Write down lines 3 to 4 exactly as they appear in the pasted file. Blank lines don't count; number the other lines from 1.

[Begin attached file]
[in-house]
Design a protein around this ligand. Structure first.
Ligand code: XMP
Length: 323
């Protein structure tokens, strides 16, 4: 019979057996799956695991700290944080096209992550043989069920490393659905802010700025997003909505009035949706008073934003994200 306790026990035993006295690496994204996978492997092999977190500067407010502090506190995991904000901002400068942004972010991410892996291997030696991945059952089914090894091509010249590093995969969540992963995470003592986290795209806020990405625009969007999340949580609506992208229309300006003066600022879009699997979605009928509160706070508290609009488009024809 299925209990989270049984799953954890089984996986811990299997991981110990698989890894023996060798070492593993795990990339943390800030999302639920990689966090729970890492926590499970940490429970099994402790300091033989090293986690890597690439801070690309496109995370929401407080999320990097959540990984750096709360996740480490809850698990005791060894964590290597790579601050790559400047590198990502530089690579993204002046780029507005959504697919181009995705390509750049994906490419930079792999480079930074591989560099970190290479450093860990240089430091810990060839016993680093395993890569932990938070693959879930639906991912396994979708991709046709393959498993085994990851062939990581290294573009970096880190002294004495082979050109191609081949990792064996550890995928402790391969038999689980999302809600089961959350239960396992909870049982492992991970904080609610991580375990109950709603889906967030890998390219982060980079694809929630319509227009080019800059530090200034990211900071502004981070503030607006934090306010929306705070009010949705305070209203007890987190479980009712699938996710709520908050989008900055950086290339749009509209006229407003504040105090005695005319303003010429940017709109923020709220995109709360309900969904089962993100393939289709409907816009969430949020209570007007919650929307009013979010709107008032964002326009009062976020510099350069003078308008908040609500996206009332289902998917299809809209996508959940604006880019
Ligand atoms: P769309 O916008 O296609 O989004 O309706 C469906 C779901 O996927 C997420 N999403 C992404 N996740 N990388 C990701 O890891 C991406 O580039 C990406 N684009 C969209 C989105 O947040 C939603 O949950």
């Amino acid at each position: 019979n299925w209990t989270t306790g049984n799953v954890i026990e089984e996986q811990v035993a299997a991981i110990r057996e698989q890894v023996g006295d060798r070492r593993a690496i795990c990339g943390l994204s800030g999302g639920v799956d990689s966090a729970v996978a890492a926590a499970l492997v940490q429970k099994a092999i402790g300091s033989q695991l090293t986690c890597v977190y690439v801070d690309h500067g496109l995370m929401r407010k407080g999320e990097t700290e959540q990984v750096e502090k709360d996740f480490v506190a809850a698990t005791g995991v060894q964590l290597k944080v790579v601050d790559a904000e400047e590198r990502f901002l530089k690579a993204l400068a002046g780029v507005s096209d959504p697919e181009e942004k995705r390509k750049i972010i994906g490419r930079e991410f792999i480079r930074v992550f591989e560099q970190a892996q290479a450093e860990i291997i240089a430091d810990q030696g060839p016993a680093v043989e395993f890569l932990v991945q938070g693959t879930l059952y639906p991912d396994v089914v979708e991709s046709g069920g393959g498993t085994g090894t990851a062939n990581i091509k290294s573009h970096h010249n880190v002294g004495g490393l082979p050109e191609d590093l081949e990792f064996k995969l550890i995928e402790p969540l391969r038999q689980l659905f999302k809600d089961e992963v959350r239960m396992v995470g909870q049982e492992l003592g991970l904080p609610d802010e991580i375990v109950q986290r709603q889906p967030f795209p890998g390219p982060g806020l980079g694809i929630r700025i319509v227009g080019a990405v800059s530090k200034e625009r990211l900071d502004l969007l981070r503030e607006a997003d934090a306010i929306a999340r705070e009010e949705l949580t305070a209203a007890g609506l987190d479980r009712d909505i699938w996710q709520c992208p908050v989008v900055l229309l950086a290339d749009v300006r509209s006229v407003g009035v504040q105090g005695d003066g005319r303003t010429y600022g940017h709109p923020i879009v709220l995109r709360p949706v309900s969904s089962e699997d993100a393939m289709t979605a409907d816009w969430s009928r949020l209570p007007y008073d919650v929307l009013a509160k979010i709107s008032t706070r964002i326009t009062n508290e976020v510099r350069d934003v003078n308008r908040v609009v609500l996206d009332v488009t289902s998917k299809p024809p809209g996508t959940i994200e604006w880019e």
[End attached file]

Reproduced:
Ligand code: XMP
Length: 323